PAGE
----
Our cold weather is definitely gone for the year. We haven't been below 45 at night and 70 during the day since the beginning of the month and the last few days have been in the upper 90's. But the last frost date is still listed as 4/30, I thought that was a bit late for this area. I guess there's always that crazy chance of snow or freezing rain.
 
Posts: 239
Location: west central Florida
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Lori, As for the problem of wind blowing away your mulch, I would suggest laying logs and/or sticks down on top of the mulch, being sure to orient them in all different directions. If you have access to logs or sticks, this is pretty easy to do. They will keep at least some of the mulch from blowing away. You can start growing stuff in those little protected spots. Once your plants get bigger, you can either remove the wood or leave it to rot. By then some of it will have already rotted anyway. I like easy so if it was me I'd leave it to rot. Anyway, this approach is easier than digging and burying the wood. Also, I have found that grass clippings tend to resist getting blown away better than most mulches, but I agree you don't want to use Bermuda because it will sprout. If anyone in your area sets out grass clippings from other types of non-sprouting turf, it usually works well. The same property that makes it a poor compost ingredient if you add it in too thick a layer, also makes it resist the wind - that is, it binds together and forms a hard-to-penetrate mat. Whatever method or methods you go with, once you get stuff growing your wind problem should decrease. Best of luck. You are grabbing the bull by the horns in your location, but you can do it!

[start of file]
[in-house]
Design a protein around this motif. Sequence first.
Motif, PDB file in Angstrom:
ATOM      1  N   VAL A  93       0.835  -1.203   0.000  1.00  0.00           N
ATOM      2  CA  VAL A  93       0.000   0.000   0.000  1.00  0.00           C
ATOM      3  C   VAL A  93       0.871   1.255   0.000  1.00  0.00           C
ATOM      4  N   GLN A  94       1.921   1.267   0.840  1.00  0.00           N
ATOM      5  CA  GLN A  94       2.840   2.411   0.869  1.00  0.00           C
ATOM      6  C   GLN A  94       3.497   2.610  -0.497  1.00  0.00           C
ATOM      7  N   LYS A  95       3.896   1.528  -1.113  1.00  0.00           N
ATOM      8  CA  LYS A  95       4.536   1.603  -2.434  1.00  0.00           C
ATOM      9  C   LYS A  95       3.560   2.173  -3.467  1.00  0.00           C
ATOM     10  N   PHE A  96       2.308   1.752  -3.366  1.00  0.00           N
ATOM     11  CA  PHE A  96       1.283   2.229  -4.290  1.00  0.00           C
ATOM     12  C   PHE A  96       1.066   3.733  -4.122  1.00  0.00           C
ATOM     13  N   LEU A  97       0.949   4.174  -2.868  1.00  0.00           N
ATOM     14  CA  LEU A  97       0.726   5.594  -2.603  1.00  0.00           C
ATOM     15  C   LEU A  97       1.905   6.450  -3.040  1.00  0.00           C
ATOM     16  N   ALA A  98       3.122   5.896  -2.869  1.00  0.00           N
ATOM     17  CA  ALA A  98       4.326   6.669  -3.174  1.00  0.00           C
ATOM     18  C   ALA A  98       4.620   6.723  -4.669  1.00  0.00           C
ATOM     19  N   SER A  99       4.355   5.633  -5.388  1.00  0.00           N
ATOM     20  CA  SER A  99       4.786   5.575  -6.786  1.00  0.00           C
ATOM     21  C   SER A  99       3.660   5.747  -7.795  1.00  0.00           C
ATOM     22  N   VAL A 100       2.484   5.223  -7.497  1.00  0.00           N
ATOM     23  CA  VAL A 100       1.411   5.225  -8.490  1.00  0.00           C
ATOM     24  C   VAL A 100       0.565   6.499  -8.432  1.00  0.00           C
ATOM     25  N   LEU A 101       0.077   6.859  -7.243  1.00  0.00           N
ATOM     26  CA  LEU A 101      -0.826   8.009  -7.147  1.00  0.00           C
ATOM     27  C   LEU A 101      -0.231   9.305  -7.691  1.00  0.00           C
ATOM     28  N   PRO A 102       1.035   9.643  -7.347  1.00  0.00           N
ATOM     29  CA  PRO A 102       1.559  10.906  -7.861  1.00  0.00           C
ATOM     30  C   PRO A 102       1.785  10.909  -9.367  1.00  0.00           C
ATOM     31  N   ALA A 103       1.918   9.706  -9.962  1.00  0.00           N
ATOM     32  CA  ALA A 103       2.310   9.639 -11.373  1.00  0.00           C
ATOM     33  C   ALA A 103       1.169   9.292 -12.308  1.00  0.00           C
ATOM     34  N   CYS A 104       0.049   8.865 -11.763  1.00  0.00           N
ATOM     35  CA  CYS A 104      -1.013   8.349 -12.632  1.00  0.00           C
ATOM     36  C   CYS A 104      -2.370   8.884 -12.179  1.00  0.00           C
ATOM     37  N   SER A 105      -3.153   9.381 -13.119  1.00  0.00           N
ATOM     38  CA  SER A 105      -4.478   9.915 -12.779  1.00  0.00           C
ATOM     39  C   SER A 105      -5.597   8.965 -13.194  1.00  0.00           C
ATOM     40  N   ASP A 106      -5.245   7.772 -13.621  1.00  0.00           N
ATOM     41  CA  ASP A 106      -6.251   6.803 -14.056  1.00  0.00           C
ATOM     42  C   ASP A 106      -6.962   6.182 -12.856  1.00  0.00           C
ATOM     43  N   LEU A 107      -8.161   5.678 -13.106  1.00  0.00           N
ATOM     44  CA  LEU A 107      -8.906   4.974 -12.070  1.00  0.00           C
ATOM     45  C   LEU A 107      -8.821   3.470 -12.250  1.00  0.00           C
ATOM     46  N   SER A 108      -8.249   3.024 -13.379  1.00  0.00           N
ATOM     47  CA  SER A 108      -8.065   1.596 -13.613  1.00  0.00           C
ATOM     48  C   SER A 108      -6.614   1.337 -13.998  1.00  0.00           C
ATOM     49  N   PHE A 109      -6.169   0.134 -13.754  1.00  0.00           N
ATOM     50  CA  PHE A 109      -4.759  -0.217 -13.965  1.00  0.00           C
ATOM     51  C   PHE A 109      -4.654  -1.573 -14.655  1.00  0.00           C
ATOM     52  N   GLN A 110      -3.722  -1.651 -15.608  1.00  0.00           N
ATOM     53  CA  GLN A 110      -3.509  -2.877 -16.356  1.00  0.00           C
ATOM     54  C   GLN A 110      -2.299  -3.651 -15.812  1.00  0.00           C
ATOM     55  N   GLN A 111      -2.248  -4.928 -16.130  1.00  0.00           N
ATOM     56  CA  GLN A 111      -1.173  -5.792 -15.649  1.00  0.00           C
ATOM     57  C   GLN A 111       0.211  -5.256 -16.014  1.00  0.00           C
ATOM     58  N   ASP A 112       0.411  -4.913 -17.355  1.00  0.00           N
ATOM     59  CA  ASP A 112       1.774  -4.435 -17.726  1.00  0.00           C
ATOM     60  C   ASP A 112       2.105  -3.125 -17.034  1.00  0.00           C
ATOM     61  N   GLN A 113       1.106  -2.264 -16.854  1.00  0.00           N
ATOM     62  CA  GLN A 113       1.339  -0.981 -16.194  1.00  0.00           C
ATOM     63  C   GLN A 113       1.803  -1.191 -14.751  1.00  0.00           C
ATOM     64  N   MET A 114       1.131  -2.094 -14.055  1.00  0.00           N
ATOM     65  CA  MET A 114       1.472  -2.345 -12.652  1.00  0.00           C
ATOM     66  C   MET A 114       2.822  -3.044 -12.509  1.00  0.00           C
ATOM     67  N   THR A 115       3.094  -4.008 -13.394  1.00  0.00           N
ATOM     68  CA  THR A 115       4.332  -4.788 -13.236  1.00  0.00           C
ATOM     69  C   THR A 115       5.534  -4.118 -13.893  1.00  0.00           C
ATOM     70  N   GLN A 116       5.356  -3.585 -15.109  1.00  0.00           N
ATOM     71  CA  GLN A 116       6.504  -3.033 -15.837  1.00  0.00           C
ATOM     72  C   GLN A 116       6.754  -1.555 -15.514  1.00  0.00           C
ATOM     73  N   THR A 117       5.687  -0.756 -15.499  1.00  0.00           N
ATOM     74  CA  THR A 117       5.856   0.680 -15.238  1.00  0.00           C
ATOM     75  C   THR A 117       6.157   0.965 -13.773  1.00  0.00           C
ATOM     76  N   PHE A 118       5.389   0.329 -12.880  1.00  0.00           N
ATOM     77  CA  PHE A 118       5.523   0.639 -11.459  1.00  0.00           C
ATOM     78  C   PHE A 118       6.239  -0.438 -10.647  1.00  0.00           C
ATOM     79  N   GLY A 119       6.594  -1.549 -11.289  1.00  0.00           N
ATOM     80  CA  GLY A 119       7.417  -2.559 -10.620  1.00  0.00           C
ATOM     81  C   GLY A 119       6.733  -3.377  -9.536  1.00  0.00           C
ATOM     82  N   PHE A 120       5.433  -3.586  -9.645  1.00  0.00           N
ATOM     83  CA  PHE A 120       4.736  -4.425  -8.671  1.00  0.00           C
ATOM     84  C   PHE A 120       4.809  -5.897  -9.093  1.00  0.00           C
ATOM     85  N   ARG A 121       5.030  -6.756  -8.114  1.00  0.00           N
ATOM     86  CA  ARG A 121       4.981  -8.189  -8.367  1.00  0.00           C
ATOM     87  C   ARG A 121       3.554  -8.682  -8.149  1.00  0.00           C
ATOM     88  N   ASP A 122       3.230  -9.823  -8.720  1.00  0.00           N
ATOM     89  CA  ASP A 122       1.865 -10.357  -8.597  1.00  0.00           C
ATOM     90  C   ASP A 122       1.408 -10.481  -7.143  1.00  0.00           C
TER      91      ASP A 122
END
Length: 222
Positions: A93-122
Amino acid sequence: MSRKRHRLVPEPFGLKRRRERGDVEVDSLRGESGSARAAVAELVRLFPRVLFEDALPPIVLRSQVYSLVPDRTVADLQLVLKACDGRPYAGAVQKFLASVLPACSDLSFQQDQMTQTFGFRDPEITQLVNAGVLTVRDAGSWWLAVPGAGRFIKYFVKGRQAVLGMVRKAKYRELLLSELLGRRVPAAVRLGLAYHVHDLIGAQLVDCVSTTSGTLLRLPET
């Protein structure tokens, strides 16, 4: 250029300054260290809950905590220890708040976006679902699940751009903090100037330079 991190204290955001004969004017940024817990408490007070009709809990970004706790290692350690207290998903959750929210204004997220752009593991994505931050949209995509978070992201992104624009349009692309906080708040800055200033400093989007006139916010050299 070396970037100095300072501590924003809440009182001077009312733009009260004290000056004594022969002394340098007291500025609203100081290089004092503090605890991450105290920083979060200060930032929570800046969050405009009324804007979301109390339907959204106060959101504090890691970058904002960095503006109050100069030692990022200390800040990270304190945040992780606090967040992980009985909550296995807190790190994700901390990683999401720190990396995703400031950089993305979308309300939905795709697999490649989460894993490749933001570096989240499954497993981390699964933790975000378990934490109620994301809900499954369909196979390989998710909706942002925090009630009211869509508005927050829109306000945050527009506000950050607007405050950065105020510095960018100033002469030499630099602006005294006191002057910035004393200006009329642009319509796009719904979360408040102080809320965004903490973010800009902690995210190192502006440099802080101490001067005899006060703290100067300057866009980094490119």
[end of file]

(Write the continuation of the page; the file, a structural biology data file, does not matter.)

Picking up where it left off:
Lori Crouch
Posts: 104
Location: Amarillo, TX.
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I just noticed today that some of the sproutings in the yard are oaks due to some free soil that we got. So far I've found 5 and they are about 4" high. I saved the plastic pots from the fruit trees and bushes we bought so I am going to transplant these seeds from some vegetable beds into the pots. I figure I'll keep them on the sidewalk in the backyard and see how many live over the next few years. Either we'll take them with us if we find property, or I'll sell the ones that live. Should go for a decent price around here since the sad looking ones from Walmart are about about $70 when 4-5' tall. This free dirt just might end up paying off!



 
Posts: 146
Location: Southern Appalachia
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FYI Ludi
Elderberry is not self-fertile, so you'll need two to get fruit. They're also very easy to grow from hardwood cuttings, so once you have two cultivars you can plant out pairs of cuttings. Also the flower clusters are edible. We made some delicious fritters with them.

peace
 
Posts: 67
Location: north texas 7b now 8a